Brain: Rhombencephalon
Diagram depicting the main subdivisions of the embryonic vertebrate brain. These regions will later differentiate into forebrain, midbrain and hindbrain structures.
Scheme of roof of fourth ventricle.
Gray's subject #187 767
NeuroNames hier-531
MeSH Rhombencephalon
Dorlands/Elsevier r_12/12709581

The hindbrain is the lowermost or rearmost region of the brain that bridges the brain with the spinal cord and includes the medulla oblongata, pons, and cerebellum. It is also called the rhombencephalon, a term that is variously used as a synonym with hindbrain and as the developmental area of the embryo that becomes the hindbrain. The hindbrain consists of two regions: (1) the myelencephalon, which includes the medulla; and (2) the metencephalon, which includes the pons and cerebellum.

The hindbrain can be subdivided in a variable number of transversal swellings called rhombomeres. In the human embryo eight rhombomeres can be distinguished, from caudal to rostral: Rh8-Rh1. Rostrally, the isthmus rhombencephali demarcates the boundary with the midbrain or mesencephalon.

With the hindbrain evident in casts of 500-million-year-old fossils of jawless fish, and all extant vertebrates showing the same basic hindbrain structure (with only agnathans evidently lacking the cerebellum), one can see exhibited both the unity of nature and evidence of newer forms coming on the foundation of earlier forms. However, the proportions of hindbrain, midbrain, and forebrain also differ considerably among the vertebrates, with the hindbrain the largest portion in fishes and the forebrain playing the more dominant role in terrestrial vertebrates.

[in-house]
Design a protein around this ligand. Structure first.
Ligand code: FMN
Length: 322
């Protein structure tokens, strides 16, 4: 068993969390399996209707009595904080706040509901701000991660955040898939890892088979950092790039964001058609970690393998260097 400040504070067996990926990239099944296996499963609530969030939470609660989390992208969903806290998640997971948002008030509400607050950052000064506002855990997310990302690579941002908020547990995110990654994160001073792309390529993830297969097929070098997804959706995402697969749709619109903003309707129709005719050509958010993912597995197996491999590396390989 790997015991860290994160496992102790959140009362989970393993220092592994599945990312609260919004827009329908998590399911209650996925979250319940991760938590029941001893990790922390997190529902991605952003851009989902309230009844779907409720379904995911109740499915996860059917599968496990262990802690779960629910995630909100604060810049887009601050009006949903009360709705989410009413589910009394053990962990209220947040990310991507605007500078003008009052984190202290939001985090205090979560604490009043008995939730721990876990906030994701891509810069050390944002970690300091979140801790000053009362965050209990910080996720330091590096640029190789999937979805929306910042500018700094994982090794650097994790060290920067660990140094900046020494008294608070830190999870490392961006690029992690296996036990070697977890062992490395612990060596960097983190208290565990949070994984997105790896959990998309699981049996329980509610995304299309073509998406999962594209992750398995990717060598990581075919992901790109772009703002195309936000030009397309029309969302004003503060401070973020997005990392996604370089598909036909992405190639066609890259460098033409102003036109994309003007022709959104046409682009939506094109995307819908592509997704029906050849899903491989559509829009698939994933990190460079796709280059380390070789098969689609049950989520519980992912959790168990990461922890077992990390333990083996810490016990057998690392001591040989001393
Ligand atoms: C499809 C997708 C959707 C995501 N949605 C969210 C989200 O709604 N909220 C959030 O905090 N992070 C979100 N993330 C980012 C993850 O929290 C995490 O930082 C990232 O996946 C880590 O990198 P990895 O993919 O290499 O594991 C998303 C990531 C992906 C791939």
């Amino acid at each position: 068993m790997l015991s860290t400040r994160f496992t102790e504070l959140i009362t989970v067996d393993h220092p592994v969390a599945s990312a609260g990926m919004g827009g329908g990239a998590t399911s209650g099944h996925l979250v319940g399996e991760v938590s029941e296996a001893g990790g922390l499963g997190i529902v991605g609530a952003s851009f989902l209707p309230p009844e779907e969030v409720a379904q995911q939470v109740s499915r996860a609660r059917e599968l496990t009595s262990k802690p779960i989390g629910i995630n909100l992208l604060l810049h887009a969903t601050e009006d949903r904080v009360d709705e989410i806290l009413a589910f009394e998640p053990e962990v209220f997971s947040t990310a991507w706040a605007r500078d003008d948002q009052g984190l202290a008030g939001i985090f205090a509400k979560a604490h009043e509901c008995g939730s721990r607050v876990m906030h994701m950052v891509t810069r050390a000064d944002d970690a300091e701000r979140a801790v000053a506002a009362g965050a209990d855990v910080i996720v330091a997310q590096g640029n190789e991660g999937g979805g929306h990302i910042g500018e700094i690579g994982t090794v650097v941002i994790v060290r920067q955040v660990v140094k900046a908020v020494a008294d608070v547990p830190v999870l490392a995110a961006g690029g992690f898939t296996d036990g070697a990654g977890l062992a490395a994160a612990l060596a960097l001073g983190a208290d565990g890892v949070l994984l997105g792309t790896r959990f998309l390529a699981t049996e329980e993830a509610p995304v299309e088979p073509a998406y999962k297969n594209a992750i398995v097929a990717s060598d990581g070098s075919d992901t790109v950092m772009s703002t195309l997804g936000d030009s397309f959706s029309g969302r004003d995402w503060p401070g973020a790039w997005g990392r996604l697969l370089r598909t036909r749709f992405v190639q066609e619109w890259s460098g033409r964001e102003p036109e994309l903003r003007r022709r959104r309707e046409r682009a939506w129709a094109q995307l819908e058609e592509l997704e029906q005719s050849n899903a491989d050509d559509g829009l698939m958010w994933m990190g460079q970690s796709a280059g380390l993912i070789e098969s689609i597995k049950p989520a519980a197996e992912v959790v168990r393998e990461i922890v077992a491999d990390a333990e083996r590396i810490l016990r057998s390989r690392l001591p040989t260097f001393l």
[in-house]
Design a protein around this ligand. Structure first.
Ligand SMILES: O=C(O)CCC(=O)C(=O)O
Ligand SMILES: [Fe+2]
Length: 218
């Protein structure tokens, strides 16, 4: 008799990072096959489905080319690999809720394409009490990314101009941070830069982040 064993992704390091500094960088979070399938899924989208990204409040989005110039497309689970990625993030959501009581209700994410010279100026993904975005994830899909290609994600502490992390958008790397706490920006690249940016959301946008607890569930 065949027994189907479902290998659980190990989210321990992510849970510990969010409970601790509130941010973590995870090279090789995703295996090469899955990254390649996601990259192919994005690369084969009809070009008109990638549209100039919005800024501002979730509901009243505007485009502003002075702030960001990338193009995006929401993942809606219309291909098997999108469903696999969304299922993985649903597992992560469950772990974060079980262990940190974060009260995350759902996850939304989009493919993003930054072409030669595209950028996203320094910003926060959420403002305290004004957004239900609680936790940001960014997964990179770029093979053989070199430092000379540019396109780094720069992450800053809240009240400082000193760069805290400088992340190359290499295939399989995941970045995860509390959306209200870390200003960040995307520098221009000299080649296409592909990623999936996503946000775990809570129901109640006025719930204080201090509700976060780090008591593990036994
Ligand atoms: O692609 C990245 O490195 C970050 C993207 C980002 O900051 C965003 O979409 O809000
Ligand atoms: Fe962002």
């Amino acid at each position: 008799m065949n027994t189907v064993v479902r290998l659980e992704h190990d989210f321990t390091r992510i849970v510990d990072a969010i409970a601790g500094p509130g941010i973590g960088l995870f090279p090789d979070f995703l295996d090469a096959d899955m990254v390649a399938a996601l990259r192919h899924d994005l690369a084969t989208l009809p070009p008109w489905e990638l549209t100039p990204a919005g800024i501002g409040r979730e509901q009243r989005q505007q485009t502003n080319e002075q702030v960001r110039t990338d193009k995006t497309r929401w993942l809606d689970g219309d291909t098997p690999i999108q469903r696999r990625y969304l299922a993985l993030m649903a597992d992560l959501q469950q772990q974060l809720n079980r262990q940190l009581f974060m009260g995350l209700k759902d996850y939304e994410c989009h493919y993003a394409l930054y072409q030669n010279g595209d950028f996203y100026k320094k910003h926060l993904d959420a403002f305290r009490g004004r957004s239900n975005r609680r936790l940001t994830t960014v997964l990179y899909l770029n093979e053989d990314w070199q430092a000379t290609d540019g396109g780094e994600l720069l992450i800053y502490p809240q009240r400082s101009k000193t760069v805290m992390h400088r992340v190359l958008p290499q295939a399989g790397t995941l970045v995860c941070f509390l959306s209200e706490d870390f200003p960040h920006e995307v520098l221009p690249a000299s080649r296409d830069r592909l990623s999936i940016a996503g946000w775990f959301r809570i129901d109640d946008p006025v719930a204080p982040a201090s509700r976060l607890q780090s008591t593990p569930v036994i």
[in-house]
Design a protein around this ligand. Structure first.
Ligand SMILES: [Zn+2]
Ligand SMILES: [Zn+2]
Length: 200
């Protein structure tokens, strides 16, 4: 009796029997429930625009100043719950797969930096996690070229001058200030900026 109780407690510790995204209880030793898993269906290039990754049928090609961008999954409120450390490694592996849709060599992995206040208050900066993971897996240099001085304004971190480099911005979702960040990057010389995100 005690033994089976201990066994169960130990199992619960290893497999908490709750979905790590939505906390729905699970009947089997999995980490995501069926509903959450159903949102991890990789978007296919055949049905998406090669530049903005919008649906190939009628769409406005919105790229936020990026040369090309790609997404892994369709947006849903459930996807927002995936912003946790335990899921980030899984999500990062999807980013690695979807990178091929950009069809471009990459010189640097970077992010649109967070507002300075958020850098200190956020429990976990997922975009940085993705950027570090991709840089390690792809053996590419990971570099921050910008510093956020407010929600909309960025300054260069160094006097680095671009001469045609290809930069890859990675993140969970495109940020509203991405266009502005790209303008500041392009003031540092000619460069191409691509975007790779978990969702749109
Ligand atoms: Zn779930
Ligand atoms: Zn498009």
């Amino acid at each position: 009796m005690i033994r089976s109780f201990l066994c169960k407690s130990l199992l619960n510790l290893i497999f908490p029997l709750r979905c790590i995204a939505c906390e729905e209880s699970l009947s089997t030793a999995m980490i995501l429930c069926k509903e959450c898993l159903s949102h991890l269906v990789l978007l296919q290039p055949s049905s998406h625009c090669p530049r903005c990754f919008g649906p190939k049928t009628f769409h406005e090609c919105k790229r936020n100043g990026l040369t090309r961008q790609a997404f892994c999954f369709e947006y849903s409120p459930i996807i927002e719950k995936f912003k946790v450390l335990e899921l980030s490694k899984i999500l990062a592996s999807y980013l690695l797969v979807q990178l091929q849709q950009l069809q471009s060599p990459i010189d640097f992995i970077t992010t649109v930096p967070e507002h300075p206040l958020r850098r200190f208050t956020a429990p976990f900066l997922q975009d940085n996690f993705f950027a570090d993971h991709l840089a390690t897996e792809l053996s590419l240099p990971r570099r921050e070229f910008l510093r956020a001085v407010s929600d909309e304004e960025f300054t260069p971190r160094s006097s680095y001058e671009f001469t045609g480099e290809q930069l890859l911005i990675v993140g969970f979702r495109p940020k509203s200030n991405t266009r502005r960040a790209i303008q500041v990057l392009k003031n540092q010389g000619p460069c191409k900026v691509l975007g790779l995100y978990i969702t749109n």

A rare disease of the rhombencephalon, "rhombencephalosynapsis," is characterized by a missing vermis resulting in a fused cerebellum. Patients generally present with cerebellar ataxia.



Corresponding regions of human and shark brain are shown. The shark brain is splayed out, while the human brain is more compact. The shark brain starts with the medulla, which is surrounded by various structures, and ends with the telencephalon. The cross-section of the human brain shows the medulla at the bottom surrounded by the same structures, with the telencephalon thickly coating the top of the brain.
The main anatomical regions of the vertebrate brain, shown for shark and human. The same parts are present, but they differ greatly in size and shape.

Vertebrate brains are characterized by three primary divisions: forebrain (or prosencephalon), midbrain (or mesencephalon), and hindbrain (or rhombencephalon). These divisions are discerned even in fossils of agnathans (jawless fish, which today are represented by lampreys and hagfish) from 500 million years ago (Raven et al. 2008).

The forebrain is dominant in terrestrial vertebrates, where it is the center of the processing sensor information. The forebrain of reptiles, amphibians, birds, and mammals is commonly divided into two regions: the "diencephalon," which consists of the hypothalamus and the thalamus, and the "telencephalon," or "end brain," which in mammals is called the cerebrum (Raven et al. 2008). The telencephalon also is the term used to refer to the embryonic structure from which the mature cerebrum develops.